We have become accustomed to the technology that supports both medicine and surgery. Technology is important of course but it often overshadows the emotional distress of the patient during the lead up to surgery and the post-surgery recovery phase. The most common emotional consequence of major surgery is depression. Depression is a serious illness and occurs after major surgery more often than may be realized. Following heart surgery, for example, as many as 1 in 3 people are thought to experience major clinical depression.
What Causes Depression Following Major Surgery?
Depression may result because of the anesthesia used, or as a side effect of medication, or the pain and discomfort the sometimes occurs during rehabilitation. It is also more common in people with a history of depression.
Signs & Symptoms of Depression
The symptoms of depression following major surgery may appear almost immediately or months later. Many people don’t realize they are depressed because they believe depression relates to sadness and tearfulness. It’s true that these are symptoms of depression but far more common symptoms are listlessness, irritability and a feeling of flatness. Sleep disturbances, loss of appetite and a general lack of energy are common following surgery, so some overlap does occur with the clinical symptoms of depression.
Depression following major surgery may be commonplace so it’s good to know that around 80-90 per cent of those affected respond positively to treatment. Treatment options include:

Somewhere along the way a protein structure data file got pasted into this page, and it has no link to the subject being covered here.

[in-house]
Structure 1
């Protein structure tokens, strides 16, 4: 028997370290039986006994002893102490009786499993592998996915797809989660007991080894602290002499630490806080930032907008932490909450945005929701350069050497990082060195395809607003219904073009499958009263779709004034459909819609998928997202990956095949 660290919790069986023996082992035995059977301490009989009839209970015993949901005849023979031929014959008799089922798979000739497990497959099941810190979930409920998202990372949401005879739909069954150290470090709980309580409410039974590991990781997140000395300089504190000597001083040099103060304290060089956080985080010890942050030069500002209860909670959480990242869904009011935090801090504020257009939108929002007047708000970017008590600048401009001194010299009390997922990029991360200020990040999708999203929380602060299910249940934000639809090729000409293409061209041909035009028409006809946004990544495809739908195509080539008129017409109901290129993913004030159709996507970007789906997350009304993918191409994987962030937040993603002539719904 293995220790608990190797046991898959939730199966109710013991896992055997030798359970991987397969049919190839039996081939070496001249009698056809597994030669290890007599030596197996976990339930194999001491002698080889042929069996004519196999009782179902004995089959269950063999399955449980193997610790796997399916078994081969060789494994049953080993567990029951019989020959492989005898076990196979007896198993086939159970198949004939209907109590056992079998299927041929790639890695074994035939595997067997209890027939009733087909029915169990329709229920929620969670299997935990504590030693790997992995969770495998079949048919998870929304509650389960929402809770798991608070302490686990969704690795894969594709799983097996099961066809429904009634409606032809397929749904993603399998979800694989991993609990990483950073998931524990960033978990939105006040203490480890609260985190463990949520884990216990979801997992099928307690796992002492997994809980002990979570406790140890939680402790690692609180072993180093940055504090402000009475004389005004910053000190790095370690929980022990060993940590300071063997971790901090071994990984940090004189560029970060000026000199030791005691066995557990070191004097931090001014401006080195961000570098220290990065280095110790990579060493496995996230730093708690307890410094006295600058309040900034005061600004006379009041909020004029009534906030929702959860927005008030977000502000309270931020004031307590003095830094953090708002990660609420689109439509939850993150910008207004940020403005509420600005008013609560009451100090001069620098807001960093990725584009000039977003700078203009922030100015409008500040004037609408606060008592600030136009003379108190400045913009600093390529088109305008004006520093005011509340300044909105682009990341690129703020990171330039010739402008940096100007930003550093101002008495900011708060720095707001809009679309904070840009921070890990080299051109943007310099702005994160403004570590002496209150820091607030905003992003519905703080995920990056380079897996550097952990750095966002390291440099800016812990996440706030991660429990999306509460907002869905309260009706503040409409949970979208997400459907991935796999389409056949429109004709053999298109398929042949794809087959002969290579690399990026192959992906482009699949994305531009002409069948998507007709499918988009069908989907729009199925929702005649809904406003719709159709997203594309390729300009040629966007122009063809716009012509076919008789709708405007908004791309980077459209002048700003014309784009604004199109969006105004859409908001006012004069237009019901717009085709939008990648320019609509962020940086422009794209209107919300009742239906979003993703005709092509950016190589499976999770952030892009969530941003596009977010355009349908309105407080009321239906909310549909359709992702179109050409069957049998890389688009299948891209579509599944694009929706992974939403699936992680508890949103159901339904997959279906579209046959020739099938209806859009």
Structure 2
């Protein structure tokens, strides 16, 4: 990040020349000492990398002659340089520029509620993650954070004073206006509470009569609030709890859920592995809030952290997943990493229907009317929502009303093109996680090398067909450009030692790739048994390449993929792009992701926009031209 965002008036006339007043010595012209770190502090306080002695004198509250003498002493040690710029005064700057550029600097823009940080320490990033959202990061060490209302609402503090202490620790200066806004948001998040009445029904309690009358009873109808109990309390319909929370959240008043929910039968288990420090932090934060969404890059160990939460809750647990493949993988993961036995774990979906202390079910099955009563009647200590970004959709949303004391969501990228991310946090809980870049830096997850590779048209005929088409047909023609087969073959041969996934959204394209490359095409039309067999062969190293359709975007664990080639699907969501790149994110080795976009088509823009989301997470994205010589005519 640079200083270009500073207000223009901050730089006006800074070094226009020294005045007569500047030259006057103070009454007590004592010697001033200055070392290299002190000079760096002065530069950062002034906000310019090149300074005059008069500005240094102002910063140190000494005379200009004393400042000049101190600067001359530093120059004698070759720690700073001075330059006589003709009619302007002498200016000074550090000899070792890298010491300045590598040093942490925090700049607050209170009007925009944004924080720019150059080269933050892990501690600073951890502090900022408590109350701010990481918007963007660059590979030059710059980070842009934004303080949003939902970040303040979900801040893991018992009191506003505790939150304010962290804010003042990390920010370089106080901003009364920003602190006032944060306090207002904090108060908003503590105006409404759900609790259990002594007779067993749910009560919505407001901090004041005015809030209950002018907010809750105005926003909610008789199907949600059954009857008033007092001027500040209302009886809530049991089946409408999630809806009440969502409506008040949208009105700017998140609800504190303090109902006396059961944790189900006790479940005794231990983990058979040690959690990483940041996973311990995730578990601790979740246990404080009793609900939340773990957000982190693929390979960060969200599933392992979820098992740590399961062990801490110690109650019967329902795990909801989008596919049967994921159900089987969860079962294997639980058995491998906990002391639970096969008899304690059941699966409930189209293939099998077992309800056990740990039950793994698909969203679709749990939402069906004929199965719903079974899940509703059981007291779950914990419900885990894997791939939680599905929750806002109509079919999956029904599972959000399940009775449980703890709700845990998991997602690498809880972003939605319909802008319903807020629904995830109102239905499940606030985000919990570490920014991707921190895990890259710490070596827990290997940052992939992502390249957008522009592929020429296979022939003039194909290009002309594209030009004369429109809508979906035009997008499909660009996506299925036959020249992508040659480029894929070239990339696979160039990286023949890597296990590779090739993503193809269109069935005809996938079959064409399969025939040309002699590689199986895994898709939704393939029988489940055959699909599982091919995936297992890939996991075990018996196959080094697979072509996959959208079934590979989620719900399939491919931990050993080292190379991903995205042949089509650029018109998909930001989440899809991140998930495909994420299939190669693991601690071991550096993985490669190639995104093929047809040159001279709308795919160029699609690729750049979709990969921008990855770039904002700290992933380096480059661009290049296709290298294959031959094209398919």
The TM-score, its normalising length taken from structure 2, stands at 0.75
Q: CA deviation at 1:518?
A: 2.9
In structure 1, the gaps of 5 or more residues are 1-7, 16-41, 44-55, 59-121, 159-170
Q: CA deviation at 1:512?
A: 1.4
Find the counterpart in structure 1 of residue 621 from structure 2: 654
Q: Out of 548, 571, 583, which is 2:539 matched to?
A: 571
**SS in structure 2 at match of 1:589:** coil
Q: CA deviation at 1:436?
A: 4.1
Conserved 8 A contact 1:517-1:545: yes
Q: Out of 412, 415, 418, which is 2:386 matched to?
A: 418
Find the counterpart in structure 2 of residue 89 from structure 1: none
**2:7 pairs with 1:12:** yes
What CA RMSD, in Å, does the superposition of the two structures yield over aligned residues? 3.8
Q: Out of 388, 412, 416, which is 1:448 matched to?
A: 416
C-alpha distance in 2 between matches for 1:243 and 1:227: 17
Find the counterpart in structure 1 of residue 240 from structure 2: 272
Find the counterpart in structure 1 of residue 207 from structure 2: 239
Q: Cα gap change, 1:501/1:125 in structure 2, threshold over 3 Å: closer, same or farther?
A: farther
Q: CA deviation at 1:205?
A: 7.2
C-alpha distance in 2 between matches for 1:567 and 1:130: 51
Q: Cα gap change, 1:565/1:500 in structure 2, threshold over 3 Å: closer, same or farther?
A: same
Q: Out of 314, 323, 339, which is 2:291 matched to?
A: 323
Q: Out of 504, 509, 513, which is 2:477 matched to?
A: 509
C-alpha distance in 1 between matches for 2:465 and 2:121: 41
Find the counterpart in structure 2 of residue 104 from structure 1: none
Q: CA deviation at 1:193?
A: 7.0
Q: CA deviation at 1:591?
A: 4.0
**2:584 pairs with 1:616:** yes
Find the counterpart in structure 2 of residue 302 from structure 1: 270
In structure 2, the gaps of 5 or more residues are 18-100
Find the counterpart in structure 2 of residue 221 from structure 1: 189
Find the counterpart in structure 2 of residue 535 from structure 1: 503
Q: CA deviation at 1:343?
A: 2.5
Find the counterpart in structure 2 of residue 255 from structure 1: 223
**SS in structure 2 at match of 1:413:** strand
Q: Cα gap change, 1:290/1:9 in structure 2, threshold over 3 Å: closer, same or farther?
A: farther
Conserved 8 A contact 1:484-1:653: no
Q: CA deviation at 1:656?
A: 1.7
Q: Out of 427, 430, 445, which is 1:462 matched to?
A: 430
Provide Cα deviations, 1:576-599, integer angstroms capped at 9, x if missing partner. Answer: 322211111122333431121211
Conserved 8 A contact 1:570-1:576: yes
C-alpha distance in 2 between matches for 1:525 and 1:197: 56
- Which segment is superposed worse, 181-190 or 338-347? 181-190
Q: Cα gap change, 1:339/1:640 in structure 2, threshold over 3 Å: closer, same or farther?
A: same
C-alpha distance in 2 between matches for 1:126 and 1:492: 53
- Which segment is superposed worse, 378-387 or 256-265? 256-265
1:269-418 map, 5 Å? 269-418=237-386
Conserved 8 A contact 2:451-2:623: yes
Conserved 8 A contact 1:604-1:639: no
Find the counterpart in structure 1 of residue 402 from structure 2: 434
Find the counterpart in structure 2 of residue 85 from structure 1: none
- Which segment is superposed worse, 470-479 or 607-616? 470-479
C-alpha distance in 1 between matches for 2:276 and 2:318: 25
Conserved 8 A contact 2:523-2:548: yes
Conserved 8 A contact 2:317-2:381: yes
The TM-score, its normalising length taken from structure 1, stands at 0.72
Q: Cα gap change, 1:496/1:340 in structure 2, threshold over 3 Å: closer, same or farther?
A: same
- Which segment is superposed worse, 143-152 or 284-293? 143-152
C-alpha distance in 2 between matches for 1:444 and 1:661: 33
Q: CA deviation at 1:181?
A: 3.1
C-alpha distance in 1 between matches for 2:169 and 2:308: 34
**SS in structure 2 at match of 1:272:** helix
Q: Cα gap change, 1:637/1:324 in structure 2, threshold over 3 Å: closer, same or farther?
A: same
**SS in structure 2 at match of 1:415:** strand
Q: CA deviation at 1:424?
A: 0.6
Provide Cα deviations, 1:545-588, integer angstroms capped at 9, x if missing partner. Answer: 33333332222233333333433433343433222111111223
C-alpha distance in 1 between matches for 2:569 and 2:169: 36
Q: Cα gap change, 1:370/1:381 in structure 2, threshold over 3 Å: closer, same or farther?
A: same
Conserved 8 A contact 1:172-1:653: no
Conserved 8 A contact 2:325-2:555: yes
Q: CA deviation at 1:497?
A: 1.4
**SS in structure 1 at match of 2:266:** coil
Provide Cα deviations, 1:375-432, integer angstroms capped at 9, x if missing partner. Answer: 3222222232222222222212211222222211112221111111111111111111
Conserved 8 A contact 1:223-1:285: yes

Anti-depressant medications are likely to be one of the first things to be prescribed for your depression. Research suggests that antidepressants, in combination with psychotherapy, are often the most effective mix. The most widely used antidepressant medications are the selective serotonin reuptake inhibitors (SSRIs). These tend to be safe to use in combination with other medications but your doctor will advise you of any special circumstances or limitations.
An increasing body of evidence points to exercise as an effective treatment for mild to moderate depression. One of the positive effects of regular exercise is that it can counter the effects of weight gain that often comes about as a side effect of antidepressant medication. Around 150 minutes of brisk walking a week is sufficient to promote a sense of wellbeing, and improve circulation and overall physical fitness.
Cognitive Behavioral Therapy (CBT)
CBT is a form of psychological therapy. It has a good research track record and is highly effective in the treatment of depression. Many people find it more effective than antidepressants. A 12-week, randomized, single-blind clinical trial with outcome evaluations conducted at the Outpatient research clinic at Washington University School of Medicine, St Louis, Missouri, found CBT and supportive stress management performed well for treating depression after coronary artery bypass surgery. Of the two therapies tested researchers found CBT to have the most durable effects.
Self Help for Depression
Self Help for Depression
There’s a lot you can do to help yourself cope with depression and to speed recovery. For example:
• Stay away from alcohol, fatty foods and foods with a high sugar content.
• Stop smoking.
• Get some fresh air every day.
• Get a good sleep at night.
• Follow your prescribed medication or psychological therapy guidelines.
• Practice relaxation techniques.
• Avoid stressful situations.
• Stay in contact with friends and relatives.
• Get involved in exercise, resume hobbies or start new hobbies.
“Depression and Other Medical Conditions.” University of Michigan Depression Center. N.p., 20 01 2006. Web. 23 Sep 2010. https://www.med.umich.edu/depression/condition.htm.
Freedland KE, Skala JA, Carney RM, Rubin EH, Lustman PJ, Dávila-Román VG, Steinmeyer BC, Hogue CW Jr. Treatment of depression after coronary artery bypass surgery: a randomized controlled trial. Arch Gen Psychiatry. 2009 Apr;66(4):387-96.